SPM Chemistry Form 4 Notes – Acids and Bases (Part 6)

by BerryBerryTeacher

in Berry Reference (Notes)

Strength of acids and bases. Most of the cartoons that we watched when we were young depict acids as very very corrosive. It will probably seemed to the young viewers that all acids are very very corrosive. However, this is not the case for both acids and bases. This is due to the different levels of ionisation and dissociation of acids and bases in producing H+ and OH - ions in solutions. So why does it matter if the acids and bases are strong or weak? Of course it matters as their strengths will lead to a myriad of different usage in practical life.

An indication of strength of acids is seen through the conductivity of electricity. An acid which conducts electricity well represents a strong acid. Same goes for bases. On the other hand, an acid which conducts electricity weakly is a weak acid, with once again the same being for bases. So this post, Part 6 of Berry Berry Easy short study notes on the topic of Acids and Bases for SPM Form 4 Chemistry students will be on the strengths of acids and bases, covering strong acids, strong bases, weak acids and weak bases. So do read on.

[Tips: Students who can understand why a strong acid/base is a good electricity conductor has already understand the underlying concept of acids and bases. For those who don't, you have not yet understand the concept of ions in acids (which is linked to how ions can be charge carriers). In simple terms, when acids are strong, they will ionise or dissociate more completely, leading to more ions in solution, which allows ions which work as charge carrier to conduct more electricity.]

SPM Chemistry Form 4 Notes – Acids and Bases (Part 6)

Sodium hydroxide

Sodium hydroxide

Strong Acids

  • Strength of an acid – the degree of ionisation or dissociation of the acid in water.
  • Strong acid – an acid which ionises / dissociates completely in water to form high concentration of hydrogen ions (H+).
  • Example of strong acid: Mineral acid – hydrochloric acid (HCl), nitric acid (HNO3) and sulphuric acid (H2SO4).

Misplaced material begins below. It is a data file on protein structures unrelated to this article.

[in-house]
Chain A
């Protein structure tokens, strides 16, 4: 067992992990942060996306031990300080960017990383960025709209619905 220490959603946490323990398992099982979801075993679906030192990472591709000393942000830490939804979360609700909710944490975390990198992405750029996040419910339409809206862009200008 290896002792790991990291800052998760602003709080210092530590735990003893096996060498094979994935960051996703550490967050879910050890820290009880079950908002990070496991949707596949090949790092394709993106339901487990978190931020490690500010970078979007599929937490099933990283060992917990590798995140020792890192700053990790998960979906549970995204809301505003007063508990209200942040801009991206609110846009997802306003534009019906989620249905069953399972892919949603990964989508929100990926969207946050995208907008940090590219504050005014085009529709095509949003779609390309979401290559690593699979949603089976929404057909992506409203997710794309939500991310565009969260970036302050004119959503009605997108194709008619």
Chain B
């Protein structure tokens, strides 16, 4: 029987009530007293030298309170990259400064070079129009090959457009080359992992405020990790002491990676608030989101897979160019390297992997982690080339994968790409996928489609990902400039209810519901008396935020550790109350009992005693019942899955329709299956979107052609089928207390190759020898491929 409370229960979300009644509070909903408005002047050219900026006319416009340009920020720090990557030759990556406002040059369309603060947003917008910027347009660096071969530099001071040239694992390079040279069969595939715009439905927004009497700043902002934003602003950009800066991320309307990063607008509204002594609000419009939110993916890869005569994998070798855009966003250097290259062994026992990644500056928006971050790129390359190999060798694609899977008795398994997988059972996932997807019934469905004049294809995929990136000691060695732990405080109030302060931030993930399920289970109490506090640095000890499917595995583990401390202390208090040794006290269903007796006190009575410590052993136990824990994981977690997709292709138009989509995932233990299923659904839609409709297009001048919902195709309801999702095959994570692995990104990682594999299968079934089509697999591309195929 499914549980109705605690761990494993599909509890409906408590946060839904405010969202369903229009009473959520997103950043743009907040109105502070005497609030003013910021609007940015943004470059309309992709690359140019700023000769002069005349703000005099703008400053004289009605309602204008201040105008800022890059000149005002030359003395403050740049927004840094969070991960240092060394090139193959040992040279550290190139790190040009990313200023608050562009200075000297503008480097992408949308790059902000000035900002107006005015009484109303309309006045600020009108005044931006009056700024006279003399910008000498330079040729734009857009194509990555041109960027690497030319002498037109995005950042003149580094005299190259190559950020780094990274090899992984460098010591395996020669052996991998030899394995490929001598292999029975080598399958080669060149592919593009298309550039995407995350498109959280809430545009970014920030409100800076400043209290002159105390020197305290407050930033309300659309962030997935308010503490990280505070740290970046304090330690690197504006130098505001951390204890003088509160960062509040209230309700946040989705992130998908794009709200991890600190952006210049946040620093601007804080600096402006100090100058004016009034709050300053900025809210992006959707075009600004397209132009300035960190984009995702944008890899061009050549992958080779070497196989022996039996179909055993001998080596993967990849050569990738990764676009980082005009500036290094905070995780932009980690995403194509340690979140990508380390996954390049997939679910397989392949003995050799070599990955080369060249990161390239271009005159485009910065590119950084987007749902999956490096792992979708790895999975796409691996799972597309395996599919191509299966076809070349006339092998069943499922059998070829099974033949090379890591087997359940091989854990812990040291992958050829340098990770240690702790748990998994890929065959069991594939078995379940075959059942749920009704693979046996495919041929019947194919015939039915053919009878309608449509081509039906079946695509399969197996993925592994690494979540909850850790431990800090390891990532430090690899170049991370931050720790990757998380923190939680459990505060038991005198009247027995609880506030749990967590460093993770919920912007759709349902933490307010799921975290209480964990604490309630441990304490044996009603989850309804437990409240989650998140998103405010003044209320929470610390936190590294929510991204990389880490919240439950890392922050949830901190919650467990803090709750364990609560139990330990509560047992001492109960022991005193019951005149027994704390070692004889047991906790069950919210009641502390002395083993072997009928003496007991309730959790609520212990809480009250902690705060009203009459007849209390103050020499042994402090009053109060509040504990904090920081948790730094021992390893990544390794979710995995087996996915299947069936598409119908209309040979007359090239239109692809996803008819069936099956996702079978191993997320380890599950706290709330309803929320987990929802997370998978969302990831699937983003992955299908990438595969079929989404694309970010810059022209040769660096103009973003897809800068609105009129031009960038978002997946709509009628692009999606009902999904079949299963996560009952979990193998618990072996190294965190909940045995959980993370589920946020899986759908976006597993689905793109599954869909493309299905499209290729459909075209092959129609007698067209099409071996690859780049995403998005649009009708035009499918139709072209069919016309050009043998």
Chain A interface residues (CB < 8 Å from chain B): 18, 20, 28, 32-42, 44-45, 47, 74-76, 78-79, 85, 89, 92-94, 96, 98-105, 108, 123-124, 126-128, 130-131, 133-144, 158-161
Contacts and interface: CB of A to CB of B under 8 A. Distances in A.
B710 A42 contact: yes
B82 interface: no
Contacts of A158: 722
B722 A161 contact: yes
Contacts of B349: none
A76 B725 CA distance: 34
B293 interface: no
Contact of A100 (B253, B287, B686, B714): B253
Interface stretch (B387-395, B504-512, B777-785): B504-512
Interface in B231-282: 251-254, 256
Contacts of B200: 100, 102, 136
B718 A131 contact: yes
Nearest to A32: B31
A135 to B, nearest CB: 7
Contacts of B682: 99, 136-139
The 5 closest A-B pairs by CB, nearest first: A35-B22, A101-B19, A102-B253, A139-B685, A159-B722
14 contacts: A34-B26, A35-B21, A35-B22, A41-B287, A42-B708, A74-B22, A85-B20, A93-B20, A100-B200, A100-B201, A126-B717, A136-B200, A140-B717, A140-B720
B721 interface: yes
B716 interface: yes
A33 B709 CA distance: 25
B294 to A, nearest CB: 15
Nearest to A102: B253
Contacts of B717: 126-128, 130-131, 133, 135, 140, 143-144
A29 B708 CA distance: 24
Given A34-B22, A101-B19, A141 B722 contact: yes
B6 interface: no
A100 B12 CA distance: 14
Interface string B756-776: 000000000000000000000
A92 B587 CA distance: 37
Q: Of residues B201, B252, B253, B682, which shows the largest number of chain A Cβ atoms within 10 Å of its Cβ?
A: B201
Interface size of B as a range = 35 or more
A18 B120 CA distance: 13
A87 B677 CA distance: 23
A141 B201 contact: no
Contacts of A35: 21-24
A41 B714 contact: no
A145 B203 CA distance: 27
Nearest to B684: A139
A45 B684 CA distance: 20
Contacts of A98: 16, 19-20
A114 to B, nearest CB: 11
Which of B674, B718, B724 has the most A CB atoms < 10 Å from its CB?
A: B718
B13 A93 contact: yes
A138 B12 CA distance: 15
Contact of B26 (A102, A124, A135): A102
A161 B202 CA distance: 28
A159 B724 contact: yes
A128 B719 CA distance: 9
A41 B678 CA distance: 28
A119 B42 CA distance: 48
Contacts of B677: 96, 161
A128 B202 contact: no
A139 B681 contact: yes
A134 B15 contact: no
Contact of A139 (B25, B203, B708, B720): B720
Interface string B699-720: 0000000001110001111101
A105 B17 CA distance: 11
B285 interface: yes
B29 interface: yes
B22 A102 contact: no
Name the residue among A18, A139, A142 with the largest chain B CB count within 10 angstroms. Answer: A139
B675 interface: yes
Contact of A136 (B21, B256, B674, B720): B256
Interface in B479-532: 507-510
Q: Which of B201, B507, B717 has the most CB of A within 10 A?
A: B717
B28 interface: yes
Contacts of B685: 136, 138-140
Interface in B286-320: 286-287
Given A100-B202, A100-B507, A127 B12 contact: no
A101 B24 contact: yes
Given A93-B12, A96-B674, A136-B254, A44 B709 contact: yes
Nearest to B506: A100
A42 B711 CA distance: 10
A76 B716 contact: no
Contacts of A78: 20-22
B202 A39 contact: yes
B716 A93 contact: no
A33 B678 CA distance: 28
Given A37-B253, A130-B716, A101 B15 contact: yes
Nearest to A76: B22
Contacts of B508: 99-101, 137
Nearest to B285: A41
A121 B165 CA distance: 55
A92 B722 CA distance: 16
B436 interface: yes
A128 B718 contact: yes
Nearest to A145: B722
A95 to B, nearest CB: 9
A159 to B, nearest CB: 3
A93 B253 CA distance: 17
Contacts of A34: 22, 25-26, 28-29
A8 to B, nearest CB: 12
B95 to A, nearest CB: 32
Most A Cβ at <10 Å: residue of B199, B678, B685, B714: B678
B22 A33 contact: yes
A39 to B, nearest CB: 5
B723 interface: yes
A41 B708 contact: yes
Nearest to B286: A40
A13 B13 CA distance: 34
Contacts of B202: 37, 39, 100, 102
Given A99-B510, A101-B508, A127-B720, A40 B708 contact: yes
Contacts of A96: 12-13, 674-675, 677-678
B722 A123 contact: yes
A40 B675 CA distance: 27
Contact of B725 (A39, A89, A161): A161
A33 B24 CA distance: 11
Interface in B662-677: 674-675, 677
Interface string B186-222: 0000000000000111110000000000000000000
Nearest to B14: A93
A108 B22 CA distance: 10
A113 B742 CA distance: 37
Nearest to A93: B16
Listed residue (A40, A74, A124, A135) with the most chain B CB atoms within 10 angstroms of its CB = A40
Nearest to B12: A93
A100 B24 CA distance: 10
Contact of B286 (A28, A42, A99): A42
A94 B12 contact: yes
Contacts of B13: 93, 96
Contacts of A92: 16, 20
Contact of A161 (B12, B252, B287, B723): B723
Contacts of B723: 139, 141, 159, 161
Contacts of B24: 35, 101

• Example of the strong acid reaction in water: HCl(aq) –> H+(aq) + Cl-(aq)  (The concentration of hydrogen ions is equal to the concentration of hydrochloric acid)

Weak Acids

  • Weak acid – an acid which ionises / dissociates partially in water to form low concentration of hydrogen ions (H+).
  • Example of weak acid: ethanoic acid (CH3COOH) and methanoic acid (HCOOH)
  • Example of the weak acid reaction in water: CH3COOH <—-> CH3COO-(aq) + H+(aq) {The concentration of hydrogen ions is low and the ions (CH3COO- and H+) reacts to reform the ethanoic acid molecule = reversible reaction}

Strong Alkalis

  • Strength of an alkali – the degree of ionisation or dissociation of the alkali in water.
  • Strong alkali – an alkali which ionises / dissociates completely in water to form high concentration of hydroxide ions (OH).
  • Example of strong alkali: Sodium hydroxide (NaOH) solution, potassium hydroxide (KOH) solution and barium hydroxide (Ba(OH)2) solution.
  • Example of the strong alkali reaction in water: NaOH(aq) –> Na+(aq) + OH-(aq)

Weak Alkalis

  • Weak alkali – an alkali which ionises / dissociates partially in water to form low concentration of hydroxide ions (OH).
  • Example of weak alkali: ammonia (NH3) solution.
  • Example of the weak alkali reaction in water: NH3(g) + H2O(l) <—-> NH4+(aq) + OH- (aq)

This is the end of this part. Stay tuned for the upcoming Part 7 in the series of notes by Berry Berry Easy on the topic of Acids and Bases for SPM Form 4 Chemistry students where we will be sharing information on the concentration of acids and alkalis, pelationship between number of moles with molarity and volume of a solution, preparation of standard solutions, dilution method and relationship between pH Values and molarities of acids or alkalis for SPM Chemistry. It sounds long and comprehensive but it is really not, just a compilation of many shorter points.

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